Madam Stephanie St. Clair

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Podcast Transcript

The 1920s and 1930s were the heydays of organized crime in New York City. There were several mobsters from that period such as Dutch Schultz and Lucky Luciano who terrorized the city and made a fortune.

Amongst all of the organized crime figures in New York, there was one who was different from all the rest. 

She was a woman. 

Learn more about Stephanie St. Claire, the Queen of the Harlem Numbers Racket, on this episode of Everything Everywhere Daily.


The origins of Stephanie St. Claire are shrouded in mystery. There are many stories about here, some true and some probably fabricated. The reason why there is so much doubt about her beginnings is probably that she wanted it that way. 

If her opponents didn’t know much about her, that gave her an advantage, and if legendary stories were told about her in the community, that didn’t hurt her either.

What we do know is that she was probably born in either 1897 or 1887 on the French island of Guadalupe in the Caribbean. The fact that the given dates for her birth are a decade apart is an indication of just how much her origins are a mystery. 

She attended school and was very clearly intelligent, however, she had to drop out when she was 15 when her mother became ill. 

She migrated to Montreal to work probably in 1911 and then migrated to New York in 1912. 

On the trip to New York and the subsequent quarantine period, she taught herself how to speak English. 

Once out of quarantine, almost penniless, she moved to the black community on the island of Manhattan: Harlem. 

There are several stories about the rough times she had with several men she dates who were involved in the underworld.

She supposedly stabbed one boyfriend in the eye with a fork who tried to pimp her out.

Another man supposed was killed while trying to choke her when he accidentally hit his head on a table during the assault. 

She began her criminal career as a low-level drug dealer with a new boyfriend and amassed a small fortune of around $10,000, which would be worth about $100,000 today. 


With this money, she decided to go into business for herself and started her own numbers racket. 

Here I need to explain what the numbers racket, or the policy racket, was. 

The numbers game was basically an illegal lottery. It was devilishly simple and insanely profitable.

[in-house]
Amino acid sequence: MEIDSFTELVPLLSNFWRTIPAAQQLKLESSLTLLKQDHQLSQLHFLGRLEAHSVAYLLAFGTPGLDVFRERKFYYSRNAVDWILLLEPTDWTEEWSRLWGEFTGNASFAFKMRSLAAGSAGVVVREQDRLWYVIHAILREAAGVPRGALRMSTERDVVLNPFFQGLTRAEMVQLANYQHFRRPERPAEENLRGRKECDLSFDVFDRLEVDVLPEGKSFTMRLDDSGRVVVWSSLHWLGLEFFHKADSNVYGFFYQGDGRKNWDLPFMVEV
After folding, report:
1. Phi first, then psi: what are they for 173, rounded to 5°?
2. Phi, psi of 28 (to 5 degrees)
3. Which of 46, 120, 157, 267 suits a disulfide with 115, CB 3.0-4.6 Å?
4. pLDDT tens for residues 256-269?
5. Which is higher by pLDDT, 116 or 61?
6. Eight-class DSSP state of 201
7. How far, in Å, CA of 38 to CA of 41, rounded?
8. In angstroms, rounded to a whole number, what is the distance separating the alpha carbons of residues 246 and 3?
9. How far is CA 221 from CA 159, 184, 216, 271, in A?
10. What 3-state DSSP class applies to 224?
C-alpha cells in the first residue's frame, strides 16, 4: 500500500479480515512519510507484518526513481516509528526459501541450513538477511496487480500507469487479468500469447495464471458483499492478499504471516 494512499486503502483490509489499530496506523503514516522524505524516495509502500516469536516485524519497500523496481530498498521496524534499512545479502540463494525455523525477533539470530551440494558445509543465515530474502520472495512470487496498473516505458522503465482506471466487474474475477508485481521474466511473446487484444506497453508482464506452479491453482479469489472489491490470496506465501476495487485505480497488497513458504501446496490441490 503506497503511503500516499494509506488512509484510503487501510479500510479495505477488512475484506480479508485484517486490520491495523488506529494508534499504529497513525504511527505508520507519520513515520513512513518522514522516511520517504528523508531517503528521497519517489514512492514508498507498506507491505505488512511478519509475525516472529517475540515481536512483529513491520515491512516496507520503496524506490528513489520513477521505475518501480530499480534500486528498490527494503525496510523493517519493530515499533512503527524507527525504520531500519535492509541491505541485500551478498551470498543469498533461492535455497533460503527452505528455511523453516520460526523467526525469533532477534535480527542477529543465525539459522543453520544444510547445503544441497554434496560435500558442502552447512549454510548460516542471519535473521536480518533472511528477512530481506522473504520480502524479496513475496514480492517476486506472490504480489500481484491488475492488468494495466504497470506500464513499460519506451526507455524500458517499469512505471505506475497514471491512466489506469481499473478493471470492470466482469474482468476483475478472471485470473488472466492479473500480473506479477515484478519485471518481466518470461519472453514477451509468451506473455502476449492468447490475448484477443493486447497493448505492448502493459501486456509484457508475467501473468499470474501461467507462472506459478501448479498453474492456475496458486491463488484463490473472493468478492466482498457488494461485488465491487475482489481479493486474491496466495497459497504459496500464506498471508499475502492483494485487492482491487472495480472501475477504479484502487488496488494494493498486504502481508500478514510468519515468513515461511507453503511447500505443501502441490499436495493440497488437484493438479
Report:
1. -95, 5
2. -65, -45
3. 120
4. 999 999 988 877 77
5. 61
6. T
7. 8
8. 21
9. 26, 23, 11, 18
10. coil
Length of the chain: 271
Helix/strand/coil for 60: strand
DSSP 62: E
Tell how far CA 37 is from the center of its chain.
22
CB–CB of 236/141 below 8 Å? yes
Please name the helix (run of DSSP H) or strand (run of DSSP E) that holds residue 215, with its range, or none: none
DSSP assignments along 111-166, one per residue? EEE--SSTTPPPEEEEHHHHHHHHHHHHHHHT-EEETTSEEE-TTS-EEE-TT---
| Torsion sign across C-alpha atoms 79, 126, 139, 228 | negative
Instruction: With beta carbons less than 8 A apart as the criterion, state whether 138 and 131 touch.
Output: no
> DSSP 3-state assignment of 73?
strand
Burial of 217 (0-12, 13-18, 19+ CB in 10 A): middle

A bettor would select a three-digit number, giving them a 1 in 1000 chance of winning. 

They would usually place their bet at a bar, a barbershop, or some other establishment that would be part of the game. You could bet as little as a penny, but bets of a nickel or a dime were also common at the time. 

The betting slips would then be taken by numbers runners to a numbers bank. 

The number selected every day would come from some public number source. A common way of selecting numbers came from digits in the amount of money bet at a local horse racing track, the last digits of the previous day’s stock price, or possibly even the weather. 

There were certainly cases of people fixing the numbers game, but if the numbers were selected property it was difficult to impossible to do.

The reason the numbers racket was so profitable is that the odds of winning were 1000-to-1, but the payout was usually 600 to 800 to 1. 

It was also known as the policy racket. The term policy came from the same basis as the idea of an insurance policy, as it was a forward-looking risk that was taken. 

You might be wondering why this was illegal, because of all the things that organized crime was involved in, this was probably the most innocuous. The reason was simply one of taxes.  The winners didn’t report their income, so it was illegal. 

It turned out that Stephanie St. Claire was really good and running her own numbers racket, and Harlem had one of the biggest numbers rackets in the country. 

Within several years, she had turned her $10,000 investment into $500,000. 

By the early 1930s during the Great Depression, she was making over $200,000 per year. 

She became well respected in the community and had an over-the-top personality and dressed flamboyantly. She would often be seen wearing a fur coat, expensive dresses, and a turban.

She lived at the prestigious apartment building 409 Edgecombe Ave. in the Sugar Hill district of Harlem, which was where many of the Harlem elite lived. 

She donated money to political causes which advocated for the rights of black Americans and ran advertisements in black newspapers to educate people about their rights and call out police abuses.

She was very open about her occupation and never hid what she did. She earned many nicknames including the “Queen of the Policy Rackets” and “Queenie”, but most people simply called her Madam St. Clair. 

In 1929 she was arrested for possession of numbers slips. In court, she defended herself and basically said that she was arrested because of her advocacy against police abuse and police who were jealous of her success.

She spent 8 months in a workhouse, and when she got out, she named the names of all the police officers she paid off and got dozens of cops fired. 

The biggest challenge to her business happened in 1933 when prohibition ended.